And it spins outward from there. There are made-up interviews with Kreisling, and a bunch of people arguing with skeptics that Anna Kreisling is totally a person. Naturally the sheer vehemence of people saying Kreisling exists has far eclipsed any discussion of what this super accomplished Nazi Starlet miracle pilot actually did. It is worth mentioning that Anna Kreisling is not only made up, the name Kreisiling isn't even a German name in Germany or Austria, it being some mysterious "Wurst" of German-ish sounds. [If you were doing the same thing with Canadian names, you'd end up with possibly "Marshall MacDonald" or "Shania Mapletree"]. This weirdness infects most places where the Ju 390 is discussed online.
More well read/less credulous minds will notice some parallels with somebody who actually existed, Hanna Reitsch. She was a famous avatrix in the Third Reich, and aside from being a fearless and highly skilled pilot, she also landed a Fieseler Storch on the streets of Berlin at the end of April 1945 during the Soviet siege. She was not movie star gorgeous, though, and therefore not worth talking about.
Ju-390 flight to Japan
Flights to Japan commenced before Germany's invasion of Russia in July 1941 with Operation Barbarossa. Stalin had been keen in fact to join the Axis Pact prior to this but Japan objected citing the anti communist anti Comintern Pact. Stalin however had been allowing use of the trans Siberia railway for trade between Germany and Japan prior to Barbarossa.
Early flights had involved the giant Blohm und Voss Bv222 V1 aircraft operated by Deutsche Lufthansa from Kirkenes, in occupied Norway and later from an unknown date these flights departed Nautsi Air Base in Finland. There was at least one confirmed BV222 flight to Sakhalin. Deutsche Lufthansa is known to have proposed a Bv222 mission to Japan as late as October 1943.
Another aircraft prior to Operation Barbarossa which was capable of flights to Japan was the Messerschmitt Me 261. Outwardly it looked like a much enlarged Bf-110 twin engined fighter. In detail however it was much larger had an entirely novel airframe able to accommodate it's crew and between 7-8 passengers. Its role was as a long range courier aircraft for important passengers and documents. The Me-261's first flight was 23 December 1940. It proved its range on various closed circuit trials over Europe, but it is uncertain whether it ever actually flew to the Far East.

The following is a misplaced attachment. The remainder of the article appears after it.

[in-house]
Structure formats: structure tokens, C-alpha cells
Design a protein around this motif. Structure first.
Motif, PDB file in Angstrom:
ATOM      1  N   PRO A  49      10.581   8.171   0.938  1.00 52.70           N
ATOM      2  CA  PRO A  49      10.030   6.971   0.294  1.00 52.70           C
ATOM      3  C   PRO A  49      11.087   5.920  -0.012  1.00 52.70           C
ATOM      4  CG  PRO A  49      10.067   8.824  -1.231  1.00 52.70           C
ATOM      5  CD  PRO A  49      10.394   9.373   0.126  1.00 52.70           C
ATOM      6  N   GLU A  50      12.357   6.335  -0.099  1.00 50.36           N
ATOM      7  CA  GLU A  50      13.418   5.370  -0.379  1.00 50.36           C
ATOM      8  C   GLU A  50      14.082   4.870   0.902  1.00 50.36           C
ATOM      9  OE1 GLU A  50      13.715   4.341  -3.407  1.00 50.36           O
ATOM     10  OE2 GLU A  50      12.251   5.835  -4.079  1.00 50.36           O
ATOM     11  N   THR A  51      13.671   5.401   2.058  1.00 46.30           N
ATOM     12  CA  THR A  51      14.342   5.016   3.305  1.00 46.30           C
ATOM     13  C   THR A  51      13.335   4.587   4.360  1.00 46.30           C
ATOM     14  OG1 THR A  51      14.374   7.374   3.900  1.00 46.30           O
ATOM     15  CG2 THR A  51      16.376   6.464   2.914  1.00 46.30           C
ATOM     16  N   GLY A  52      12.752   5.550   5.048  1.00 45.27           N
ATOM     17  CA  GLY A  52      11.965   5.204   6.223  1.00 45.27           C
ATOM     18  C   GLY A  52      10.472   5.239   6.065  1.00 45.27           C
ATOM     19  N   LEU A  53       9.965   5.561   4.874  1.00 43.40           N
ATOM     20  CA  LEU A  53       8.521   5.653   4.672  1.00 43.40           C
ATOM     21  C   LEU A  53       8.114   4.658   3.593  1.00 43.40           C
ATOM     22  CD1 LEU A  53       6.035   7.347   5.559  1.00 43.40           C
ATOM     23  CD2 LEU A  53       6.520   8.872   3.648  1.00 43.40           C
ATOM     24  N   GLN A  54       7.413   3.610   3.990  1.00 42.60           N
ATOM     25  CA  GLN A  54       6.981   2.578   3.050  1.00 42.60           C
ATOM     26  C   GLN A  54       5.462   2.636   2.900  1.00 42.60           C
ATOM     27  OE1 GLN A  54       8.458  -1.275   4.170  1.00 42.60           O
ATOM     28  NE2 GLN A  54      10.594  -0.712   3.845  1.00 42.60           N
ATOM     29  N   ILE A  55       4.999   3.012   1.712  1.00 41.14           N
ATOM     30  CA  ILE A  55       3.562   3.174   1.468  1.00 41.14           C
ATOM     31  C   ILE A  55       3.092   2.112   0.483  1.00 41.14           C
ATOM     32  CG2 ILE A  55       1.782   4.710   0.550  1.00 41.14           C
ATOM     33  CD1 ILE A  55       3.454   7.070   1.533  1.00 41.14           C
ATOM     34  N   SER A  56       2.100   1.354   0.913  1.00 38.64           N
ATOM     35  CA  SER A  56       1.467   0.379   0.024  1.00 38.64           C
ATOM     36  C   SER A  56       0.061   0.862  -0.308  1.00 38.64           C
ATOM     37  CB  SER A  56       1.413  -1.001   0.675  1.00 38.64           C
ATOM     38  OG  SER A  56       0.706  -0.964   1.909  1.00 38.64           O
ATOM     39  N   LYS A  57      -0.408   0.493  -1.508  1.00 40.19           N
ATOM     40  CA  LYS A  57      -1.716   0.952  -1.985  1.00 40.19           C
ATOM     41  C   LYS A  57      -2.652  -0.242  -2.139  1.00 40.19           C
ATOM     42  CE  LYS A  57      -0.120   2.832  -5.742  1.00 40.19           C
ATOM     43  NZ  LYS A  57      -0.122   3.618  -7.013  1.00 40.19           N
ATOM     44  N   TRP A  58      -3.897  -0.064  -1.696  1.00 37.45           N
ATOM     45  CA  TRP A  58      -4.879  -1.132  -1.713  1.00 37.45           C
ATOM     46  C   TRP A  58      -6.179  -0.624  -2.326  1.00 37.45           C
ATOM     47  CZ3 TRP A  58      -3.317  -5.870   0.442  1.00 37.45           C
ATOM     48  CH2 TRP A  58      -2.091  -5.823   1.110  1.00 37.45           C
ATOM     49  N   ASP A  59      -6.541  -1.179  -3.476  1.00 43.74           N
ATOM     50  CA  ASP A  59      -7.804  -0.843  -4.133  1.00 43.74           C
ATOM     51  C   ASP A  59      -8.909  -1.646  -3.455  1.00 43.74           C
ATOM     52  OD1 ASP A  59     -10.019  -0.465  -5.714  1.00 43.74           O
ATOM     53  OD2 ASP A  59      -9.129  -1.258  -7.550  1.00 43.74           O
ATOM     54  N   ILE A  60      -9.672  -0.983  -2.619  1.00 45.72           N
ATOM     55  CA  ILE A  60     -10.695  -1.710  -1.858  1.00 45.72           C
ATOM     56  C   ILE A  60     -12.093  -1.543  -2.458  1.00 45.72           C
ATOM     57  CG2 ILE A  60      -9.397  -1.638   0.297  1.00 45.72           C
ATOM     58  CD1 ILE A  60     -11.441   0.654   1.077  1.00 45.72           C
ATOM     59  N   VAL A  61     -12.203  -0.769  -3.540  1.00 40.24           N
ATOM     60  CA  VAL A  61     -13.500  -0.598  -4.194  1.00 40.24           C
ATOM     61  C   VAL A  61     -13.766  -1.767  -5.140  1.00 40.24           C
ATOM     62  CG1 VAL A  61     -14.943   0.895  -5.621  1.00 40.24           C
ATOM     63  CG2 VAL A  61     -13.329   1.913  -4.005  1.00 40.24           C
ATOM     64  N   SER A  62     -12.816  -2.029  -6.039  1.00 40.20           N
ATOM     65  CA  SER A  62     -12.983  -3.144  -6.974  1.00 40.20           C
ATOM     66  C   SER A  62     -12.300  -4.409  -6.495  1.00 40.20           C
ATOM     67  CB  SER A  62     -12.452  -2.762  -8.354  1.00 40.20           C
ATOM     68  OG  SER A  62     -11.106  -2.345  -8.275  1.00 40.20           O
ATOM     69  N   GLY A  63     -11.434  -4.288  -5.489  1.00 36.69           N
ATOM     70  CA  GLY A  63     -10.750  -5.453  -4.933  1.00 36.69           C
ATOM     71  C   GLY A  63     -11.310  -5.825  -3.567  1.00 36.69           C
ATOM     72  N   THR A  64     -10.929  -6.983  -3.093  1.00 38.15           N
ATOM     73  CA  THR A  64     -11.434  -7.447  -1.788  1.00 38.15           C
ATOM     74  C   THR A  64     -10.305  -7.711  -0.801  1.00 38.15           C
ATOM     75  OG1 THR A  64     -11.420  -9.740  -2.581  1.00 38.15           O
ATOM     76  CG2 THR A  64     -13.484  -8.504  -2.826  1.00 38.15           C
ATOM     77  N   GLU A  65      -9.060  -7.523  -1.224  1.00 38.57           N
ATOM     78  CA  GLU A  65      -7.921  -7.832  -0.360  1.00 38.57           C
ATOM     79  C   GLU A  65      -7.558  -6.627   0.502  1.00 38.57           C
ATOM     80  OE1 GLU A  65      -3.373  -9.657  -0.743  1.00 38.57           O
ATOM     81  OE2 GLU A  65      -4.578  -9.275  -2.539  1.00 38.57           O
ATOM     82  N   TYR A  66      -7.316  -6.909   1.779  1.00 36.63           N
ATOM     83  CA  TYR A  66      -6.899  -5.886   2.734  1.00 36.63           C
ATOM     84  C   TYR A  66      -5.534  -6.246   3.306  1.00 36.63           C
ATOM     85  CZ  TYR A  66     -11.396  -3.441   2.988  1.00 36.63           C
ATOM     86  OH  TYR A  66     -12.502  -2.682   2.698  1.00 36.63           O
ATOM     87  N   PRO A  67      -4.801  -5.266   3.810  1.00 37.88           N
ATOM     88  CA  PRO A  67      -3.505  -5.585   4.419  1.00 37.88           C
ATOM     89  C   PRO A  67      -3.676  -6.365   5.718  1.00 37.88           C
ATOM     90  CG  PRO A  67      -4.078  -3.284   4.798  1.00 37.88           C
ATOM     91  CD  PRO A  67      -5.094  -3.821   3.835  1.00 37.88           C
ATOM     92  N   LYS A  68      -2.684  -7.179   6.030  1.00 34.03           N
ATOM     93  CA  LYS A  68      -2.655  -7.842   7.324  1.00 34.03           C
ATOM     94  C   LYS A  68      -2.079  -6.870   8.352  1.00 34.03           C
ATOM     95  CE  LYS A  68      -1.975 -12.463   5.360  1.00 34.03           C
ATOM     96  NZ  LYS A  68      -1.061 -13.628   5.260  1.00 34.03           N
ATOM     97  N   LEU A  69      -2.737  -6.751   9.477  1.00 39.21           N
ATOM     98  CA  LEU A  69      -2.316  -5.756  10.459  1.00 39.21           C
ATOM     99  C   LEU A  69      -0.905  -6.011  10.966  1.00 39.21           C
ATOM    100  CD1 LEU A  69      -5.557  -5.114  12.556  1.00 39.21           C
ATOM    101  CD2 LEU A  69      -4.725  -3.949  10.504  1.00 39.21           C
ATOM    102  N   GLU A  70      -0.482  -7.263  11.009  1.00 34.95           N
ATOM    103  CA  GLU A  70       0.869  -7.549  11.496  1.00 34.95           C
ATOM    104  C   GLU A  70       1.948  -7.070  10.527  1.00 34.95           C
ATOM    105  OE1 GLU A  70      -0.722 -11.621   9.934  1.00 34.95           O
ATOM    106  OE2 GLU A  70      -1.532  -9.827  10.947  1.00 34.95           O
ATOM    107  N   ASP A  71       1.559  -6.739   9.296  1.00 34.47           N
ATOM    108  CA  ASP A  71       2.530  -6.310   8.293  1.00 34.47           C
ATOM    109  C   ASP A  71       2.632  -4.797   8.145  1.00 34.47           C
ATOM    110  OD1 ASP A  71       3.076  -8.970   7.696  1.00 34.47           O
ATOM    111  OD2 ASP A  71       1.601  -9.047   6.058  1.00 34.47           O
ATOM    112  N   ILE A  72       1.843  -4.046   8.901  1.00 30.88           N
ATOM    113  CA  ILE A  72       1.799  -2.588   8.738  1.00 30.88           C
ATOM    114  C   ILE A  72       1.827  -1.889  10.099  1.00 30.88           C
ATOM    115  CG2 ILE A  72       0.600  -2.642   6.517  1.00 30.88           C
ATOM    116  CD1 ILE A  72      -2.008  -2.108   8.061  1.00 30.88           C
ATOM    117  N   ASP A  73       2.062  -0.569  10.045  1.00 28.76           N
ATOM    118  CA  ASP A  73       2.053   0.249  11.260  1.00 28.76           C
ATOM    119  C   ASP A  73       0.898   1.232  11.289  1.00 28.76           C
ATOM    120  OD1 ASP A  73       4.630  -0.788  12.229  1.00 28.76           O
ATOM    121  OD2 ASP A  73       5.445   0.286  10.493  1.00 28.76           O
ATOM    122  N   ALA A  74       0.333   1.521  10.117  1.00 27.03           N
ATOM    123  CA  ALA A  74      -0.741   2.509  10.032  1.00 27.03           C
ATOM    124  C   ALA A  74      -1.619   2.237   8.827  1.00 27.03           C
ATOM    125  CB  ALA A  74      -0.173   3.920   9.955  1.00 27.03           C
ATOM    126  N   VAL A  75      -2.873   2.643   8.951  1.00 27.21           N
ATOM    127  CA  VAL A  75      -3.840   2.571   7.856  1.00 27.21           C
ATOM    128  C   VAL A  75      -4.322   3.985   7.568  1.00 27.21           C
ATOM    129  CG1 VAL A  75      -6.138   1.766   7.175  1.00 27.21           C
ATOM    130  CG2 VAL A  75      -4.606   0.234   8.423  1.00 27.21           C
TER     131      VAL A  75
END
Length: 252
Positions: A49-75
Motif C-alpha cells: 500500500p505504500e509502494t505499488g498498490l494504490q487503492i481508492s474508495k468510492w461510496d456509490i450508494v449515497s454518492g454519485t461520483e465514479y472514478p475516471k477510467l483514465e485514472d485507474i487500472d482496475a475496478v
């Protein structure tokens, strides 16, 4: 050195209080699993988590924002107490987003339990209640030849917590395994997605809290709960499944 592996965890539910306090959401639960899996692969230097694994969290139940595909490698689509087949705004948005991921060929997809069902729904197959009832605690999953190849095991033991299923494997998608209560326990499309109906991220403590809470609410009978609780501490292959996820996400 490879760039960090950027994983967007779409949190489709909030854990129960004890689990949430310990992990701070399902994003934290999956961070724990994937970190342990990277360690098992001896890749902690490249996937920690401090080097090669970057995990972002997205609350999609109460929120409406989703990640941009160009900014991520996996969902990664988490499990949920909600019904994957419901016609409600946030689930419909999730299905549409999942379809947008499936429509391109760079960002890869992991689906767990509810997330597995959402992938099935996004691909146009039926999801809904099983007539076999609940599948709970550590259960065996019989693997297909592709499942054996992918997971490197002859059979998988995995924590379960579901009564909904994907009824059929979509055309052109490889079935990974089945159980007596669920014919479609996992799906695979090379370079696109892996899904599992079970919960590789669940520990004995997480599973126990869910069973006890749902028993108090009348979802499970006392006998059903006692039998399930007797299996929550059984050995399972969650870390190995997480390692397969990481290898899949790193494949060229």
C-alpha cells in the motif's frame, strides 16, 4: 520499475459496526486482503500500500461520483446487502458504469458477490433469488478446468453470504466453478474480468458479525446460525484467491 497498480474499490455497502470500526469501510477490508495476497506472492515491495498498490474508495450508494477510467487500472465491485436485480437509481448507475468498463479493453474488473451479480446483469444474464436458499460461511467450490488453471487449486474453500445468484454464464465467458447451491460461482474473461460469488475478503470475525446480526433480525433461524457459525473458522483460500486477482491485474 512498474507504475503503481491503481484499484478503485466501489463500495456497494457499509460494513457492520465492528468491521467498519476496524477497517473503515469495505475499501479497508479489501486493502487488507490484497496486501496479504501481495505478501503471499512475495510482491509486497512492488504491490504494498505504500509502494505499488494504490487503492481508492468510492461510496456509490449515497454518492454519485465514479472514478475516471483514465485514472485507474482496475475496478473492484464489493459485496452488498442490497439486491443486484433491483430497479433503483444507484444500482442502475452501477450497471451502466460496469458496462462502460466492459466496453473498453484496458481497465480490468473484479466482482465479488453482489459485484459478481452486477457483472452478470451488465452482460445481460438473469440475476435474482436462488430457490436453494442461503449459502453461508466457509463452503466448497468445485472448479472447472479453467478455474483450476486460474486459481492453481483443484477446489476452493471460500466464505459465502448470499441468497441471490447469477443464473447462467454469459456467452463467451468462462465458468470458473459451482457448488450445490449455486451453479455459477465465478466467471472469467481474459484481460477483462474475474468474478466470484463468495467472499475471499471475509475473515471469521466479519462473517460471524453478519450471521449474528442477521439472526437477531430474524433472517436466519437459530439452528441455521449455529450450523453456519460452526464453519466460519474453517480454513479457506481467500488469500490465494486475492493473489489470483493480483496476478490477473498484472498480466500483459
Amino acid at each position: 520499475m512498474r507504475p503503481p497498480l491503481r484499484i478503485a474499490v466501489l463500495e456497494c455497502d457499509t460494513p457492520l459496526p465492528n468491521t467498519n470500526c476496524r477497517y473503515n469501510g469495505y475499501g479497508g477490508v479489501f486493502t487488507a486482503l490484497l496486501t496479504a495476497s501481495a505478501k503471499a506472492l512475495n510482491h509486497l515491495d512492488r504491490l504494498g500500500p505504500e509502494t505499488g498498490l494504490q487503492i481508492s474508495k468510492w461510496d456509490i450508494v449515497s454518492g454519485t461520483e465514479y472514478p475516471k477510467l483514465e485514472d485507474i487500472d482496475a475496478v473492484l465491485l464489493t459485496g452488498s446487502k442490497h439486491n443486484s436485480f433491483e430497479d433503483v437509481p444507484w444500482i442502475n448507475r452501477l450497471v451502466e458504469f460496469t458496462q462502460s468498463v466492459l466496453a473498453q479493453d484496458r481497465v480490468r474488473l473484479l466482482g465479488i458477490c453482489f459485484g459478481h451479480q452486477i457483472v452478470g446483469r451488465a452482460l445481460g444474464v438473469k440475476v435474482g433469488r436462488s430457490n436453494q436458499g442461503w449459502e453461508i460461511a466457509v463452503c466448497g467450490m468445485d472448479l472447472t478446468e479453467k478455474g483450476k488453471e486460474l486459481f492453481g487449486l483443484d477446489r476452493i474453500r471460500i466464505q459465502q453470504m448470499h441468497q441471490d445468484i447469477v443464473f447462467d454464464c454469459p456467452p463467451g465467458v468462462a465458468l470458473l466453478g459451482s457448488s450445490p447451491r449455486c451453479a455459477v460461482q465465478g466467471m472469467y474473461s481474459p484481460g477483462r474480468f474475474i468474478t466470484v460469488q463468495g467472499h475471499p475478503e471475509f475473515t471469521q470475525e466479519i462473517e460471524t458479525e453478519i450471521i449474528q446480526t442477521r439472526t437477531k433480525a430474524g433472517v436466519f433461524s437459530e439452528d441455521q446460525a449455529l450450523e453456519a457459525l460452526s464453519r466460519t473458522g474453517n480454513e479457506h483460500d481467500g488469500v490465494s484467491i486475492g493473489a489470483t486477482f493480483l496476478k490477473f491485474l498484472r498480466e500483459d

One aircraft which did make flights to Harbin, Manchuria [Manchukuo] was the Fw200K "Kurier" operated by Kommando Rowhel for the Abwehr intelligence agency. It flew from Northern Finland in civil disguise as "D-AWCG." This aircraft began its career as the Fw200B V4 prototype and was subsequently rebuilt with two extra fuel tanks as the Fw200K V10 prototype. Missions were flown by Ob.Lt Wolfgang Nebel. Upon the liberation of Allied prisoners at Harbin by the OSS Flamingo team in 1945, POWs recounted sightings of the aircraft throughout WW2 at Harbin
From 1941 to 1943 Germany ran a highly effective fleet of surface blockade running freighters. Ships with famous names like 'Orsorno', 'Pietro Orseolo', 'Tannenfels', 'Weserland', 'Burgenland', 'Alsterufer' and 'Rio Grande' maintained an effective shuttle of supplies and personnel to and from Japan, but by 1943, assisted by Enigma interceptions, the Royal Navy began to sink these vessels. U-boats taking up to three month voyages maintained some sort of connection during 1944, but for high priority items and passengers a reliable air link needed to be created.